Seattle Chapter, Society for International Development (SID) Monthly Meeting

The next meeting is on November 12 and will feature Caroline Clark, from the Inter-American Development Bank.

For Whom: Anyone with a background or interest in International Development
Where: 221 Yale Avenue North, Suite 450 (SightLife offices, across from REI)
When: Second Monday of each month, 6:30 – 8:30 PM
Cost: First meeting is free; membership is $45


Growing Health Soils workshops

Global Washington member organization SeaChar is partnering with several other organizations for special 2-day workshops offered in both the fall and the spring. Growing Health Soils and Communities with Biochar will take place on November 17th and 18th or April 27th and 28th at Sammamish Valley Farm. Participants will learn about biochar, engage in harvesting biomass, and participate in hands on activites that help incorporate the biochar product into the soil at the farm.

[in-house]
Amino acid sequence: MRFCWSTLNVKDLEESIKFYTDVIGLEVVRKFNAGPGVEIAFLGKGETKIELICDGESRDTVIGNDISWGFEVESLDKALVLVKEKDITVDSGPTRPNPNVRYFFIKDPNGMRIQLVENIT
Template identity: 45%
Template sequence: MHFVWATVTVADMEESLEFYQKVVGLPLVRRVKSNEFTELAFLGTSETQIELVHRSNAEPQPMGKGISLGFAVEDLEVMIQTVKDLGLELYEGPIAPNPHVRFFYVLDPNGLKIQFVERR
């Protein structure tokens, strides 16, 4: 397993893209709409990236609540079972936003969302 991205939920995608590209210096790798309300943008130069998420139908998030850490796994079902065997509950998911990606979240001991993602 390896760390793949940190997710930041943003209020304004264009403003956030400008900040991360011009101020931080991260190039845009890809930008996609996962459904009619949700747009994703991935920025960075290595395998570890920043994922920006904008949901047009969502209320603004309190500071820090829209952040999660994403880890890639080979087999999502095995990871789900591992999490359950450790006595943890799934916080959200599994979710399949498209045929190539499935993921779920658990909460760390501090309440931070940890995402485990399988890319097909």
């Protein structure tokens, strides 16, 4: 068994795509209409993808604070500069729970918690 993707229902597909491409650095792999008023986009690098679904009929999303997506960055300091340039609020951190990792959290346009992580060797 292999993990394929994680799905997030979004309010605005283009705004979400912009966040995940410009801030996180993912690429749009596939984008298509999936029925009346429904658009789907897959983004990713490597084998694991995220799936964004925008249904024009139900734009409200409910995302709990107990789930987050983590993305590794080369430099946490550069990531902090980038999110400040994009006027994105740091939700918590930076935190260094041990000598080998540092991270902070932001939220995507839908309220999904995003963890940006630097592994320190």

PeaceTrees Vietnam announces new Executive Director

PeaceTrees Vietnam has recently hired Michael G. Auch as its new Executive Director. Auch has extensive NGO leadership experience and has previously worked with organizations like Communities in Schools and the Center for Independence. He has served as the PeaceTrees interim director since April and his position became permanent on October 1st. Congratulations to Michael G. Auch and PeaceTrees!


InterConnection announces new drop-of location in Tukwila

InterConnection is a computer reuse and recycling center that works to make information technology available to underserved communities around the world. InterConnection is partnering with Batteries Plus in Tukwila to begin accepting donations at a new location: 17065 Southcenter Parkway, Tukwila, WA 98188. Don’t forget to donate your old computers, cell phones, and monitors so that they can be put to good use!